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Spookydoll
Lemmy the Cat

cybersheherazade

At semi-regular intervals, she spoke to save her life, or something like it.

Tuesday, September 10, 2002



Which is the Ritts? Which is the Lang?

The first image is a photo of a dust bowl migrant from the depression era, taken by Dorothea Lang. The second image is from the September 9th issue of the New Yorker, from a Herb Ritts fashion photo spread. I'm sure you can tell the difference, but the audacity of this image is startling. That was the point, probably.

Through my more idealistic days in San Francisco I was very moved by Lang & Kollwitz's work, and they inspired my own printmaking. The fact that political conviction strikes me as nostalgia means I've caught the disease, too, apparently.

This disease of mediated disorientation is fully apparent in the Ritts' photo, where the models' combined ensemble, by Louis Vuitton, Junya Watanabe, Balenciaga and Dolce & Gabbana, is worth something over $10,000.

The copy reads like this: "Fashion has been looking over its shoulder again, and this season's collective gaze has landed on the 1930's, among other escapist moments. Designers have drawn from both the glitter and squalor of the age-- satin shoes and dungarees, gimlets and dry rot-- and the result is something like dust bowl glamour..."

OK, what exacty is dust bowl glamour? Something like-- gee whiz-- I wish I could suffer authentically. Or just look like I do. My stock portfolio's not worth as much, life's rough. Maybe I'll pay Watanabe a grand to give me something with holes in it, so my loss will be legitimized-- even enviable. Just like those poor people I've stepped over on my way to 5th avenue.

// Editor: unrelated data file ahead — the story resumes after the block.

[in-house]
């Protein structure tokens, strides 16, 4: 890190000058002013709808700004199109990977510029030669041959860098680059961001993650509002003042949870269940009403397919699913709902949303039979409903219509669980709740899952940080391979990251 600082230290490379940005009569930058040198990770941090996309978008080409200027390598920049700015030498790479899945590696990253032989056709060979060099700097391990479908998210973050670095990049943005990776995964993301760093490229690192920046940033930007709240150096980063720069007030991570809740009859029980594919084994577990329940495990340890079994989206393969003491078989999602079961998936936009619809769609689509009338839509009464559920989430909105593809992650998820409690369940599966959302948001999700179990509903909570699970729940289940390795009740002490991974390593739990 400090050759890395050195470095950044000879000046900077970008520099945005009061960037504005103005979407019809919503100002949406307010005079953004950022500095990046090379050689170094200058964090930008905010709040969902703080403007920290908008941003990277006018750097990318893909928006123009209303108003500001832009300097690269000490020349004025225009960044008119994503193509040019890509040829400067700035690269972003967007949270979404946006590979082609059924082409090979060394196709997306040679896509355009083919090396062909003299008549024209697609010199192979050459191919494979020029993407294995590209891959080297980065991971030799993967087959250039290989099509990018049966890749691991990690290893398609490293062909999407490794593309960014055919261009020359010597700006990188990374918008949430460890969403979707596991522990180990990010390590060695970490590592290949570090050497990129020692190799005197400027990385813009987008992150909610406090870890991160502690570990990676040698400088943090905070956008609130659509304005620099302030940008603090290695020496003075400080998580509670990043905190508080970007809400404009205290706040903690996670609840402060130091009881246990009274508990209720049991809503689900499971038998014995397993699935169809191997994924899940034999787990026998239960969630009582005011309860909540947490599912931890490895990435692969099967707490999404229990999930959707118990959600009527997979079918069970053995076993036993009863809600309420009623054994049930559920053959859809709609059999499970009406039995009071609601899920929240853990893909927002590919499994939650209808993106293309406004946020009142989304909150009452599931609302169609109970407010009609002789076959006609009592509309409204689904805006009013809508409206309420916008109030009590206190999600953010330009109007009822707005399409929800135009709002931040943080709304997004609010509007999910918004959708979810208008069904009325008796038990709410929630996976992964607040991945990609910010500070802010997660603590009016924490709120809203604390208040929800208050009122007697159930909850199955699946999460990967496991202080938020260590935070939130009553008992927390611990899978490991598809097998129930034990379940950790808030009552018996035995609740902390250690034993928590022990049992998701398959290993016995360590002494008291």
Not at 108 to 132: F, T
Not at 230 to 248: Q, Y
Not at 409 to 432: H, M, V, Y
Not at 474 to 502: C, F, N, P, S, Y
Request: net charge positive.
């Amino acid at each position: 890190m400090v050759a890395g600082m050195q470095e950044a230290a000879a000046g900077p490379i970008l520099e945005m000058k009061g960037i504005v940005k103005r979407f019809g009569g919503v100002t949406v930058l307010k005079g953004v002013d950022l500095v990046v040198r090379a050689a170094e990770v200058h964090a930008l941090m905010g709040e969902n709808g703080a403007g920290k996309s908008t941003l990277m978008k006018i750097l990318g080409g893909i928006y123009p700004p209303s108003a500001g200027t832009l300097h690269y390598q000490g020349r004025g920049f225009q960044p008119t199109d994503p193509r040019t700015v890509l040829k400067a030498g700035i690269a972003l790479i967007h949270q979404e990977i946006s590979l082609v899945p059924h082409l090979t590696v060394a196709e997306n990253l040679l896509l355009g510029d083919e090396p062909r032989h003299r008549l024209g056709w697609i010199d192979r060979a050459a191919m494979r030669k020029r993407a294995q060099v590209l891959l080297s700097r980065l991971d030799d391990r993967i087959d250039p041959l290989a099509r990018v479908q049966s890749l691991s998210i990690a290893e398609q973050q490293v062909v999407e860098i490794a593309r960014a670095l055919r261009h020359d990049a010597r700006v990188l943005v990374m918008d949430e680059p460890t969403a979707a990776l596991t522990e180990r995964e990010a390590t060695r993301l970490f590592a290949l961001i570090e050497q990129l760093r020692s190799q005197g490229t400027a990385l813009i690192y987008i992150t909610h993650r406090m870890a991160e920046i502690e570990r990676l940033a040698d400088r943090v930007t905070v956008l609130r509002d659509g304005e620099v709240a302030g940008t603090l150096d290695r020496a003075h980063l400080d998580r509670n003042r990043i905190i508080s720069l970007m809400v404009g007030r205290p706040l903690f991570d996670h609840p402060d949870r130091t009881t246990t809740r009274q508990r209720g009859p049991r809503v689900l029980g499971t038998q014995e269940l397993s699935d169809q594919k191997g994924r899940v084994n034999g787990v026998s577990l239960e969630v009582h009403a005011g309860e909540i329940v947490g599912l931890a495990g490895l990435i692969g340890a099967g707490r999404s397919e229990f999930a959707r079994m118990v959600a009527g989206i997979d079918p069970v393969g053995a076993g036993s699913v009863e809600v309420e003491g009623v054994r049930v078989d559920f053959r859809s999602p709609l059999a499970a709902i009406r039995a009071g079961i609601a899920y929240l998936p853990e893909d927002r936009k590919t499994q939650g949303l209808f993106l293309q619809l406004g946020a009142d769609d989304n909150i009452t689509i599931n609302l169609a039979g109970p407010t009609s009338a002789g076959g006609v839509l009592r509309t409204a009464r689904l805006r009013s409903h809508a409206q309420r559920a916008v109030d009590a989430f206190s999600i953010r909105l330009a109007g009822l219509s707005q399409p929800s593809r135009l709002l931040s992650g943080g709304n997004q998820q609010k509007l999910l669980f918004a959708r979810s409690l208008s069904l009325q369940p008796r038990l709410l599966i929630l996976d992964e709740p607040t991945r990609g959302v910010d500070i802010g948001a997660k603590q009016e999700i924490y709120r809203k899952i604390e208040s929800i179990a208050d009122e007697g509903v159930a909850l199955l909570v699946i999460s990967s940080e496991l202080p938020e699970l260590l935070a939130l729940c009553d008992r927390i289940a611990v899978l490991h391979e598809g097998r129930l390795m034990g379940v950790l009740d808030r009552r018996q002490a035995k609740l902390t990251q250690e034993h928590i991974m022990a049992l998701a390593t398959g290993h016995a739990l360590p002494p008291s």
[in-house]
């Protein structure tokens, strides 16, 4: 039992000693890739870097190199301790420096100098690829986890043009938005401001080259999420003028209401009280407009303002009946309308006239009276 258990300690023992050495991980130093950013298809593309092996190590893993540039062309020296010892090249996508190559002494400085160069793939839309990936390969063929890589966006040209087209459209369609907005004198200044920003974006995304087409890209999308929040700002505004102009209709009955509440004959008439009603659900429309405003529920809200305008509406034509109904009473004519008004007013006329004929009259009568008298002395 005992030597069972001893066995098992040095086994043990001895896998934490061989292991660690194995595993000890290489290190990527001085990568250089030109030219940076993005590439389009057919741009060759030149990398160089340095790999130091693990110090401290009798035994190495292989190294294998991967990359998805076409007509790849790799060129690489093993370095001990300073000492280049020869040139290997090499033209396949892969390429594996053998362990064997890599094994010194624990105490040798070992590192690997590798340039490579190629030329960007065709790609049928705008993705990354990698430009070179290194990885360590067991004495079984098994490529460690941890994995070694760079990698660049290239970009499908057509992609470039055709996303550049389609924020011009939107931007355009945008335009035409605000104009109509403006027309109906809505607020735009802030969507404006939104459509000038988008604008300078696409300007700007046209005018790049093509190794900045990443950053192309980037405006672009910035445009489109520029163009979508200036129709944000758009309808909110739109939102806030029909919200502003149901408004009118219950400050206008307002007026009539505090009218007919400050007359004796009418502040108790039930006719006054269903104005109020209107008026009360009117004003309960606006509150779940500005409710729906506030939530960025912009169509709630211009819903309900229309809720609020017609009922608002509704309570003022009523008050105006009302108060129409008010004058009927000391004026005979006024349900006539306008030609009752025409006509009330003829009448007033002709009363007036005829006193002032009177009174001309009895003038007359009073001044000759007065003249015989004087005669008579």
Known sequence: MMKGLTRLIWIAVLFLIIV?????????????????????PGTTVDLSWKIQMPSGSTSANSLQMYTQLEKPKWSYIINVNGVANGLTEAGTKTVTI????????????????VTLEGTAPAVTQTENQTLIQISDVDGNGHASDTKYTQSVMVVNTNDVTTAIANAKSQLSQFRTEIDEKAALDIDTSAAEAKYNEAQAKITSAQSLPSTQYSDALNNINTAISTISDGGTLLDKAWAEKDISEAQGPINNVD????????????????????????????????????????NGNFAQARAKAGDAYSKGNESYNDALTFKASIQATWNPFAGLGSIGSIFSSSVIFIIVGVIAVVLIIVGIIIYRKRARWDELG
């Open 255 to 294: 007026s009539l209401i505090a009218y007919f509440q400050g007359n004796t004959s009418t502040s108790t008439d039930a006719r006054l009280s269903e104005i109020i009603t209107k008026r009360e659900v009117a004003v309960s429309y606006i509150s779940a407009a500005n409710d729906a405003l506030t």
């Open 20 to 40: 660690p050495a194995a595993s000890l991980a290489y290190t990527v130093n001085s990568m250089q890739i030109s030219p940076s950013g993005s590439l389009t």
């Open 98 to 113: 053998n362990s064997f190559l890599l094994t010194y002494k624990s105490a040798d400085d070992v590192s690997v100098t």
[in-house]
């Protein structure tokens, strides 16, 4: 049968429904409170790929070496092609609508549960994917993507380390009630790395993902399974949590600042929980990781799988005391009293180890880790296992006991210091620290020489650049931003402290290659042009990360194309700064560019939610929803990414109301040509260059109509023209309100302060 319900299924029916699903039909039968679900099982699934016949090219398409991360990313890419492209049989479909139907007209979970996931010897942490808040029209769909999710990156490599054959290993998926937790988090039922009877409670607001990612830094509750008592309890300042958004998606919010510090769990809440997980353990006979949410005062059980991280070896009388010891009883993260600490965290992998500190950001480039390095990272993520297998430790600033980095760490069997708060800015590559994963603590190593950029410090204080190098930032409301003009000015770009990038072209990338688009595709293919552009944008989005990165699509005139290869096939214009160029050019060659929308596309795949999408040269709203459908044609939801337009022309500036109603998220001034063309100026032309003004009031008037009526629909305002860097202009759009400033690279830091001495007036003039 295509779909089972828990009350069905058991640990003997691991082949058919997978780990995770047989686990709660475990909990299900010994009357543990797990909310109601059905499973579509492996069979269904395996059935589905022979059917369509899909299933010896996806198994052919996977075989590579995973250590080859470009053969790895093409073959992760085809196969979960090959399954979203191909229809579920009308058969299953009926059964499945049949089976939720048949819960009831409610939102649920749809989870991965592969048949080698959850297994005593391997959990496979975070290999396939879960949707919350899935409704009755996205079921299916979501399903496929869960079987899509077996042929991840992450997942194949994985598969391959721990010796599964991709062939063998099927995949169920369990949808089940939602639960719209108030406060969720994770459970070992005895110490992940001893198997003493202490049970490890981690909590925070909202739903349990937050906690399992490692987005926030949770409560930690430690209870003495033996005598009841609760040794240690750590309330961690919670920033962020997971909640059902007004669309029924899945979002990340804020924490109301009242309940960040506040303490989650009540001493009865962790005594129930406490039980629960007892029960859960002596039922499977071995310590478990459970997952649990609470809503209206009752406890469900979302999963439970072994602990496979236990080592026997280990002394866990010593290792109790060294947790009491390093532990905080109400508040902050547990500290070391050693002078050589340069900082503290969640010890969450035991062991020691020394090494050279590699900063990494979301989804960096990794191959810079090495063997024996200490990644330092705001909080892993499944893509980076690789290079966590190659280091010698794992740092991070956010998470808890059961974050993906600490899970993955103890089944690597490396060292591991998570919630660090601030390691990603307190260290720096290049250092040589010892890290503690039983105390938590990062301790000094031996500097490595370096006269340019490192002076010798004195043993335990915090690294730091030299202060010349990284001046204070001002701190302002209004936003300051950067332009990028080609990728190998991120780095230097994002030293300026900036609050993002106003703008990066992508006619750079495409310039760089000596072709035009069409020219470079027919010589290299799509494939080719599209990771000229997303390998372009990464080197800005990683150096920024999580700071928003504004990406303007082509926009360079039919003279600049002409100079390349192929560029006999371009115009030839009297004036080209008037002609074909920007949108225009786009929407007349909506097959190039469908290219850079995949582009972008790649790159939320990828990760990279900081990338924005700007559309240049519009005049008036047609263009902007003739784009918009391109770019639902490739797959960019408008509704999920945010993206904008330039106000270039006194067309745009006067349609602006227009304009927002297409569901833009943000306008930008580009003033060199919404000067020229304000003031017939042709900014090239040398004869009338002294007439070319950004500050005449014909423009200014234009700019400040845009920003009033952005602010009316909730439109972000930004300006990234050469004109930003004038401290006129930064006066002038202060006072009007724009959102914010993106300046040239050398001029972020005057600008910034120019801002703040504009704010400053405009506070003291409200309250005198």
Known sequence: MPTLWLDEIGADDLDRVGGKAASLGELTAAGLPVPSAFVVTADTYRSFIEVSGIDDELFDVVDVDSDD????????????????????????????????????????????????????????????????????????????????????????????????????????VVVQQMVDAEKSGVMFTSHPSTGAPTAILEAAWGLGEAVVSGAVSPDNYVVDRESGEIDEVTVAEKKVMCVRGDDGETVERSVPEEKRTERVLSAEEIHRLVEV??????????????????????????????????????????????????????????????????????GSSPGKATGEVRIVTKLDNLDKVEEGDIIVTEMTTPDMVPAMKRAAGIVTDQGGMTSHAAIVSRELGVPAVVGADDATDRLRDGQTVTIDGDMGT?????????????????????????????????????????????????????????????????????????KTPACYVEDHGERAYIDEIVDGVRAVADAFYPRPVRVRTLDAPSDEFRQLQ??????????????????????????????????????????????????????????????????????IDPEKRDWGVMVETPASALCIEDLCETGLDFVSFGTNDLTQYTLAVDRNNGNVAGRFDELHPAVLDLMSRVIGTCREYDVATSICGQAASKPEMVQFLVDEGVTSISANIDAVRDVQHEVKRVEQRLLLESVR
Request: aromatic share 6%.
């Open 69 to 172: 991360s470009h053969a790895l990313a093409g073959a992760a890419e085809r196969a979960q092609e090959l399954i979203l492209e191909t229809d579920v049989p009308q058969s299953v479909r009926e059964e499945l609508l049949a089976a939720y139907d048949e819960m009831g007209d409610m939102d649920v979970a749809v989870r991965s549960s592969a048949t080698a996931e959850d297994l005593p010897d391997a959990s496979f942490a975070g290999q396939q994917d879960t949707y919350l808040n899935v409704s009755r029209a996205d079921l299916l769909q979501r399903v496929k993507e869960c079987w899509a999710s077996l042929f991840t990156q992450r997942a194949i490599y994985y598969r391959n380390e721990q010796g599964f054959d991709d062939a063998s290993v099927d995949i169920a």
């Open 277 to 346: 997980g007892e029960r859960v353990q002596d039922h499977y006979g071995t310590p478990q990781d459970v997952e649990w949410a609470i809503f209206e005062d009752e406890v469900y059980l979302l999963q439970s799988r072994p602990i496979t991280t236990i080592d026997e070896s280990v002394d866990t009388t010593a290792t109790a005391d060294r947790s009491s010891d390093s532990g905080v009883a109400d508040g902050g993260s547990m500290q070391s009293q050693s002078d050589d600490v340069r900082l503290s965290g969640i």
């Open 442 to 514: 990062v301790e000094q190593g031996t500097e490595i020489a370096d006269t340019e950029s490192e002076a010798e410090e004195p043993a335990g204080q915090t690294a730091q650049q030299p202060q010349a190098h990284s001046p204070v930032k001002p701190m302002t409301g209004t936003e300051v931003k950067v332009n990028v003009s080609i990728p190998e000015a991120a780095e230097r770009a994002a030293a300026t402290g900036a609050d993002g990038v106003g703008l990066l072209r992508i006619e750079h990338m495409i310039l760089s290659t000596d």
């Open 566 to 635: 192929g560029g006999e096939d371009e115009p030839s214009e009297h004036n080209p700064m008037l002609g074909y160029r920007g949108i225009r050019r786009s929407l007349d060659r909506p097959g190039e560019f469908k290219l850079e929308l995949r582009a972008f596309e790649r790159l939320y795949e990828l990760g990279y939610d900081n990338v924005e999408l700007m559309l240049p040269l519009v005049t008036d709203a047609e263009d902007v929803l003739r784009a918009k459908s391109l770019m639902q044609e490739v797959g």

There is another photo in the spread-- delicious in its contradictions, but also somehow sickening. A girl's hands and legs-- that's all you really see of her-- hands crossed as if waiting, (dime a dance & nobody's even got a dime!), legs in stockings (by Fogal!) which are full of holes, one sewn up in a rough way resembling an autopsy suture with thick floss. The sequined hem of her dress shows. But the shoes-- like high heel tap-style shoes of crocodile and leopard-print pony skin tied with a satin ribbon, take center stage. At her feet a newspaper is crumpled. It reads "Extra! Chicago Clarion Stock ("Market" blocked by ankle) Crashes." It's that time again, apparently. There's no real allusion to corporate corruption, to impending war, and yet it looms in the photo, amplifying the shoes with this vertiginous sense of impending history.

The shoes, the photo-- who's fantasy is this, anyway? Suffering has some seductive power when contained in this vampiric way. This is nothing new, really-- John Galliano's "Hobo Chic" of 2000 featured models with matted hair strewn with paper, gowns ripped and decorated with junk. He claims to have been inspired by the homeless, destitute and insane which he witnessed while jogging along the Seine. These dresses-- worn by the sickening Courtney Love, among others, allude to the fin de siecle "Rag Balls" of the 19th century, where the rich would put on the "costumes" of the poor.

It's strange that we haven't moved any farther from the gala insensitivity of the Rag Ball-- and though we have more and more information-- the suffering of the world is not only on the next block, but also a mouse click away-- it seems there are now newer, more sophisticated methods of co-optation. What was once juxtaposition-- suffering and insensitivity, is now layered seamlessly over itself, so that we wonder if what's happening really is.

Next thing you know, Vogue will do a Crepes of Wrath spread, featuring party dresses, and a geezer Rumsfeld at Kate Moss' starvling tit. It's dark. Really. *Wink Wink*

.: posted by Spookydollspooky 9/10/2002